How do you explain that the same artists that are not on Spotify have tons of content available on YouTube? Do they realize how YT can cannibalize their download sales, much more than any audio-only streaming service?
            This does not make any sense if you take a step back.
            Reasons are simple: major labels are giant organizations with conflicts of interests at all levels; messy content management strategy; numerous decisions layers; lack of technical knowledge with regards of digital content exploitation; fear or change…etc. As in any other big companies from other sectors.


            Reply
  7. Alex

    Out of the $120/year spotify gets, how much are you paying Coldplay, black keys, etc? $3-$4$5/year? Of course they won’t let you play it. I am a music fan, and as you might know, Ac/dc, metallica, led zeppelin, they don’t stream most of their music, and guess what!.. I go and buy it cause I don’t care if it’s not on spotify or google play, I just go and buy it and I’m glad is that way. Come on spotify, your system works only for your technology company, not for artists.


    Reply
    1. Anonymous

      Actually, Led Zeppelin and Metallica went on Spotify in the last year. As did Pink Floyd. There’s a trend. Remember, AC/DC and the Beatles took almost a decade to go in iTunes. That some bands are slow to adapt to new models doesn’t really mean much in terms of the long term trends.


      Reply
      1. Me

        And the main reason The Beatles weren’t on iTunes for so long was the Apple vs. Apple issue.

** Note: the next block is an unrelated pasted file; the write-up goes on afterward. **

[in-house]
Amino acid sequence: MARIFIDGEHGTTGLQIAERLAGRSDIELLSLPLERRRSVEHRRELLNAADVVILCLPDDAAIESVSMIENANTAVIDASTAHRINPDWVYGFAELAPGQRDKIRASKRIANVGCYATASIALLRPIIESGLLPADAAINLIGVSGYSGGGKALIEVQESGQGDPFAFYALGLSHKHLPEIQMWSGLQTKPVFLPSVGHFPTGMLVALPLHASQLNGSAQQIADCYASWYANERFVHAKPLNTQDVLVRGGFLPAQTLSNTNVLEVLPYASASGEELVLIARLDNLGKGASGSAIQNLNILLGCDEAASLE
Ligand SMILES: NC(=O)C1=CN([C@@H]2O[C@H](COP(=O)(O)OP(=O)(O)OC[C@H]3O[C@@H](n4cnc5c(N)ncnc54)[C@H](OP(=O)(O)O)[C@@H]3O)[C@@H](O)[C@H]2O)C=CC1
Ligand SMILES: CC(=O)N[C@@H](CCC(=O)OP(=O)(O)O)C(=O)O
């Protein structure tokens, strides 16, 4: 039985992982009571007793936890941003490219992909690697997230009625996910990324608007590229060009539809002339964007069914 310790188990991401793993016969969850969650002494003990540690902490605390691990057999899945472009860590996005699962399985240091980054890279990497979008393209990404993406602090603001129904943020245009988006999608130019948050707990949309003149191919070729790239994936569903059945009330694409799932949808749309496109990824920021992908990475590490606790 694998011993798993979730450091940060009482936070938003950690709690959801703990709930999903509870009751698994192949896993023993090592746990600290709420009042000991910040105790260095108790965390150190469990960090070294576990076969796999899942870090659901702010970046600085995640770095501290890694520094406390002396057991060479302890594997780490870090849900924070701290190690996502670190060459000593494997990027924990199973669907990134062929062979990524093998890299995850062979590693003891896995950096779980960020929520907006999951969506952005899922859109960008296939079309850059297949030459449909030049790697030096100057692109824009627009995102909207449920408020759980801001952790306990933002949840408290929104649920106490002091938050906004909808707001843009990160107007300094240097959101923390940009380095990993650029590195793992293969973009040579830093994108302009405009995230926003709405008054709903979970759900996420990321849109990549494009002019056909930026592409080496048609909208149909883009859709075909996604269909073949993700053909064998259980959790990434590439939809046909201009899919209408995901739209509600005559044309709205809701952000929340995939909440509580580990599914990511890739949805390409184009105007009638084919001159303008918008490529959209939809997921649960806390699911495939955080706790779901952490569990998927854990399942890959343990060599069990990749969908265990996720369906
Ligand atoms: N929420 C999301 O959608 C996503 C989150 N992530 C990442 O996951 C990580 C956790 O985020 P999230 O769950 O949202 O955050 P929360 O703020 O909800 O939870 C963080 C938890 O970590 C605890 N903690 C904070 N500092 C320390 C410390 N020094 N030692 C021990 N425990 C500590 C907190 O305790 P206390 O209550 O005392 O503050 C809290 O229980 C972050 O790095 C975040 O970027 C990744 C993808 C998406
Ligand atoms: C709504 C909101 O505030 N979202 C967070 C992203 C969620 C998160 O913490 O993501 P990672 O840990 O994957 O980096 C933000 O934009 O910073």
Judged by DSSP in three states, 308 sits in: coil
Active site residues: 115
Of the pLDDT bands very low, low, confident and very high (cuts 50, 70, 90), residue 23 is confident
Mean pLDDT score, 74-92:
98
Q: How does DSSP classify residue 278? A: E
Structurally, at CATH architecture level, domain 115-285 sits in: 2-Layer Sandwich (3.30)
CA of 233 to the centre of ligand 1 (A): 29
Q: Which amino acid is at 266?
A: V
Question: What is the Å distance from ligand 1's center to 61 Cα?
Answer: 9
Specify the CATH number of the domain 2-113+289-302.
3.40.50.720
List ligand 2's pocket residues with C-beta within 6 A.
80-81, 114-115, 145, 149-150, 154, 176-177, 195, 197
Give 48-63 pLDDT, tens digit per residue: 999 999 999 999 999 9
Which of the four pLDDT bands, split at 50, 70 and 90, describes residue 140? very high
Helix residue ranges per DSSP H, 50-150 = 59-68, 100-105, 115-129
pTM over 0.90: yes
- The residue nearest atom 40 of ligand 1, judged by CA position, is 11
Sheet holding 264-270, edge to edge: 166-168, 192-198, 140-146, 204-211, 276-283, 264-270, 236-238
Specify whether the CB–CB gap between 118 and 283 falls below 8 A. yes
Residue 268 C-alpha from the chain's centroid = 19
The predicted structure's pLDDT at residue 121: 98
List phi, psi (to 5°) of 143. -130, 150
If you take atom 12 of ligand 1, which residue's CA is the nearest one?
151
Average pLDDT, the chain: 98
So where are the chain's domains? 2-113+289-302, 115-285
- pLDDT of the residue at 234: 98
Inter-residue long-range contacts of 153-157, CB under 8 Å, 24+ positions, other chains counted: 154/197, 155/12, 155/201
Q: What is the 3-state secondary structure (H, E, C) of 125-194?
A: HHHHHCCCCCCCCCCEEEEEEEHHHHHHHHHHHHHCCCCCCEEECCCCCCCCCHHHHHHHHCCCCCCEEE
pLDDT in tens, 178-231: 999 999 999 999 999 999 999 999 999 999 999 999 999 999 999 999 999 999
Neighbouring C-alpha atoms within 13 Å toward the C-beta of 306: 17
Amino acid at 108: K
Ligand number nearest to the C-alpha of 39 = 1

Reply
    2. GGG

      I’ve listened to countless artists I NEVER would have listened to without Spotify. So they got a few cents from me they otherwise would not have made. There are many people like me, as well, so it can add up. I’ve also discovered artists I’m big fans of now on Spotify. A couple I’ve bought their music, but any band I enjoy that I find on Spotify I try to see when they come to NYC. I also buy posters a lot. So Spotify has benefited a number of bands, as far as me giving them money I otherwise would not have is concerned. They forfeited $9.99, gained a ticket sale, merch sale and fan.


      Reply
  8. Meezil

    According to Ken Parks, “Chief Content Owner and Managing Director, Spotify US,” it’s illogical for artists to withhold audio from Spotify because it punished fans. Is he joking? Maybe it’s because artists don’t see much (if anything) come from participating with Spotify in terms of revenue. With a title like the one Mr. Parks’ has, he sounds like he fancies himself the “owner” of Spotify’s content. In the real world, their content belongs to the artists (they they’re not paying royalties to). They don’t see squat from the 120 pounds. Most of that goes to Ken, who doesn’t believe it’s important to properly compensate artists for their work. Screw him.


    Reply
    1. What?

      “Magic’ has currently clocked over 55 mil streams. That gives the coldplay’s label about $385,000.00 for 1 track in 1 month.

      There is money in streaming.

      The windowing will give Coldplay’s label a good chunk of cash from iTunes on release week, then it will be on Spotify.

      iTunes is dying though so I doubt this trend will continue for too much longer.


      Reply
      1. Anonymous

        “iTunes is dying”

        Um no, it’s bigger than ever!

        While Spotify’s losing cash and stars.


        Reply
        1. tippysdemise

          iTunes is old. And it feels old. Apple has ceded a tremendous amount of ground on streaming and knows it.


          Reply
  9. Anonymous

    At least it makes it easy to tell which artists are only in it for the money. It just makes Coldplay and The Black Keys look like greedy assholes. But at least we all already knew the drummer from the Black Keys was an ass, and Coldplay hasn’t put out a good album since X & Y so it makes little difference to me.


    Reply
  10. FarePlay

    Interesting move by Spotify. It could backfire on them.